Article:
Donna watched as her teenage daughter, Emma, paced the gate area at the airport. The flight from Iowa to California was an hour away, and, up until now, Emma had seemed excited about the family vacation. However, now her anxiety was bubbling to the surface. Emma sat down, her breathing short and shallow. She stood up, paced some more. Donna watched her a moment. Emma had never been afraid of flying before, but lately, her teenager had been growing more and more anxious about all manner of things in her young life. Donna needed to find some ways to help her teen with her anxiety.

Donna wrapped her arm around Emma’s shoulder and said, “You are okay. Let’s take a walk down to the bookstore and see if we can find something irresistible to read.” The thought of something to do took Emma’s mind off of the upcoming flight, and her face brightened at the idea of a new book to add to her collection. Donna hugged her daughter as they wandered down the terminal together. This approach might work for today, but she would have to find ways to help Emma with her anxiety permanently. She made a mental note to start learning how as soon as she got on the flight.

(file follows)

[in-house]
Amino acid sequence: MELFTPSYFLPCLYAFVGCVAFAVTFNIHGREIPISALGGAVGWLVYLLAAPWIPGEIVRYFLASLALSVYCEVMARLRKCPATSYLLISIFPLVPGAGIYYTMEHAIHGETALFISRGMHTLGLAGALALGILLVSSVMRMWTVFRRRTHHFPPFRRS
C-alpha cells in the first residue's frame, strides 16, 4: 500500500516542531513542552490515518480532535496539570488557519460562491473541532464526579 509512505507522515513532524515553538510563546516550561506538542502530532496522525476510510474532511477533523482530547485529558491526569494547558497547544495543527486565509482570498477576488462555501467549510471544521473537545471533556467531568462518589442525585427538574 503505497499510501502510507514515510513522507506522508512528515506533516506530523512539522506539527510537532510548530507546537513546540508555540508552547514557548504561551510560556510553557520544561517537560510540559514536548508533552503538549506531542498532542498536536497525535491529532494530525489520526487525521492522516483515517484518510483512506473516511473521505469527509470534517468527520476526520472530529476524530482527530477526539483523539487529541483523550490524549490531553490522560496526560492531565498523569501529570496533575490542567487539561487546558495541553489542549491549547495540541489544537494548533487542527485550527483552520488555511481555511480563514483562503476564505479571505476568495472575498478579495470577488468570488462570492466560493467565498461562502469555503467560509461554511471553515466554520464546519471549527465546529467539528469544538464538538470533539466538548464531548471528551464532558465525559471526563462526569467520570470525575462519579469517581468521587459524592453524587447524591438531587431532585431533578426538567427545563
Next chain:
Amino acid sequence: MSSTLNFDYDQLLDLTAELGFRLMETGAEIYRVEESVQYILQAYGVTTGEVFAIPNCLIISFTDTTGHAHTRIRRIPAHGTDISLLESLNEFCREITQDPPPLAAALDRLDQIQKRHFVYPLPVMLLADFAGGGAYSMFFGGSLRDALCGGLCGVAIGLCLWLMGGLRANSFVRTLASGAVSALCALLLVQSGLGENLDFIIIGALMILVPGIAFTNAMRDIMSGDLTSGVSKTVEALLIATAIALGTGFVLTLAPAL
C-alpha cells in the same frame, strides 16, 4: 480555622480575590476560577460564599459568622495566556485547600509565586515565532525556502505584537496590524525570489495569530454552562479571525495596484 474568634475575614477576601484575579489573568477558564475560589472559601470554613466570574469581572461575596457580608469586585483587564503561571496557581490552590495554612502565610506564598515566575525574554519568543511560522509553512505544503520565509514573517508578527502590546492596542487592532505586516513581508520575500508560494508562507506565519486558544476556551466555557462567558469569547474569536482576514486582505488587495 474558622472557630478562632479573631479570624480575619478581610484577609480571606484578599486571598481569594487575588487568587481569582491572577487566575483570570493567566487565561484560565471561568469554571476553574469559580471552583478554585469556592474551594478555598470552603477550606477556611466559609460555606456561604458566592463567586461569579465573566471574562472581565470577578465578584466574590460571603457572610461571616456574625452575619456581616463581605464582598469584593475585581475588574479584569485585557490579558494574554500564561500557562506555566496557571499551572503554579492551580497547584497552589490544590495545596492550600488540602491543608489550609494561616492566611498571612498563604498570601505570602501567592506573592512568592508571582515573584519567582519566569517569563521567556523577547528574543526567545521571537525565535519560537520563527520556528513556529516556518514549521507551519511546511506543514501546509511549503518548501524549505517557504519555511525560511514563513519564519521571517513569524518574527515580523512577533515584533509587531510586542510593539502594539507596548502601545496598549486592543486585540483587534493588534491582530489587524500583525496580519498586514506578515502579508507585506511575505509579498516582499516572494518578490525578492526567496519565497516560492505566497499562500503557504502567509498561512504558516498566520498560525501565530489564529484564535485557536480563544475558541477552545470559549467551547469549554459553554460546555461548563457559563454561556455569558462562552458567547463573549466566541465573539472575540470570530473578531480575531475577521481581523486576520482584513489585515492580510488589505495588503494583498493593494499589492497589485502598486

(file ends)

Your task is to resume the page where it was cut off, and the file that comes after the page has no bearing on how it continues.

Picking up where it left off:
What is anxiety?

Anxiety is worry – whether about a perceived future or an imagined threat. The word anxiety is often used interchangeably with fear; however, fear is a healthy reaction to a real and present danger. While fear occurs in the present tense, anxiety focuses on the future. Anxiety asks the question, “What if?” It focuses on what could happen rather than what is happening now.

We have no control over something that doesn’t exist. Since the future does not exist yet, our teens often feel as if they are out of control when speculating about what could happen. That feeling of being out of control can create anxiety.

What causes anxiety in teens?